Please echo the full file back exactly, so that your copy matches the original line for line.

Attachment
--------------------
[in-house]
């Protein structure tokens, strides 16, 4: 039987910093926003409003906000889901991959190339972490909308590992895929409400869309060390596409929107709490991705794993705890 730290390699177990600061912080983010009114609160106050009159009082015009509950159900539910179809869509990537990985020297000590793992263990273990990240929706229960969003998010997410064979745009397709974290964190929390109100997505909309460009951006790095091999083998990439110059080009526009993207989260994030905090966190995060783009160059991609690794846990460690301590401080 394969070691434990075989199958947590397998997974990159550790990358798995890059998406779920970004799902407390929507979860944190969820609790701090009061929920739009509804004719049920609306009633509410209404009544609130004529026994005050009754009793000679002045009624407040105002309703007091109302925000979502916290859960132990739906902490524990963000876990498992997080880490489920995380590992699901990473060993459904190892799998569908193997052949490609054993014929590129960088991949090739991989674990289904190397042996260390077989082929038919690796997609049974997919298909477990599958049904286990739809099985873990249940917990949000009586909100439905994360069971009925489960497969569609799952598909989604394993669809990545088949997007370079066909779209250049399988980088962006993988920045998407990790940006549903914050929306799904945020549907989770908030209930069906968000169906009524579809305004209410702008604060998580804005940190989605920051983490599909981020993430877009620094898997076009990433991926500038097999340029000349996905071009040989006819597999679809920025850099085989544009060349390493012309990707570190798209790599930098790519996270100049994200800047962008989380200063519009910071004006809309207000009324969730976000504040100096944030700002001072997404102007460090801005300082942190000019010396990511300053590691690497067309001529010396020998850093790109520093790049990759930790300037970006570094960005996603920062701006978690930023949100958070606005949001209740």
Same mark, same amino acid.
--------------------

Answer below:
[in-house]
């Protein structure tokens, strides 16, 4: 039987910093926003409003906000889901991959190339972490909308590992895929409400869309060390596409929107709490991705794993705890 730290390699177990600061912080983010009114609160106050009159009082015009509950159900539910179809869509990537990985020297000590793992263990273990990240929706229960969003998010997410064979745009397709974290964190929390109100997505909309460009951006790095091999083998990439110059080009526009993207989260994030905090966190995060783009160059991609690794846990460690301590401080 394969070691434990075989199958947590397998997974990159550790990358798995890059998406779920970004799902407390929507979860944190969820609790701090009061929920739009509804004719049920609306009633509410209404009544609130004529026994005050009754009793000679002045009624407040105002309703007091109302925000979502916290859960132990739906902490524990963000876990498992997080880490489920995380590992699901990473060993459904190892799998569908193997052949490609054993014929590129960088991949090739991989674990289904190397042996260390077989082929038919690796997609049974997919298909477990599958049904286990739809099985873990249940917990949000009586909100439905994360069971009925489960497969569609799952598909989604394993669809990545088949997007370079066909779209250049399988980088962006993988920045998407990790940006549903914050929306799904945020549907989770908030209930069906968000169906009524579809305004209410702008604060998580804005940190989605920051983490599909981020993430877009620094898997076009990433991926500038097999340029000349996905071009040989006819597999679809920025850099085989544009060349390493012309990707570190798209790599930098790519996270100049994200800047962008989380200063519009910071004006809309207000009324969730976000504040100096944030700002001072997404102007460090801005300082942190000019010396990511300053590691690497067309001529010396020998850093790109520093790049990759930790300037970006570094960005996603920062701006978690930023949100958070606005949001209740």
Same mark, same amino acid.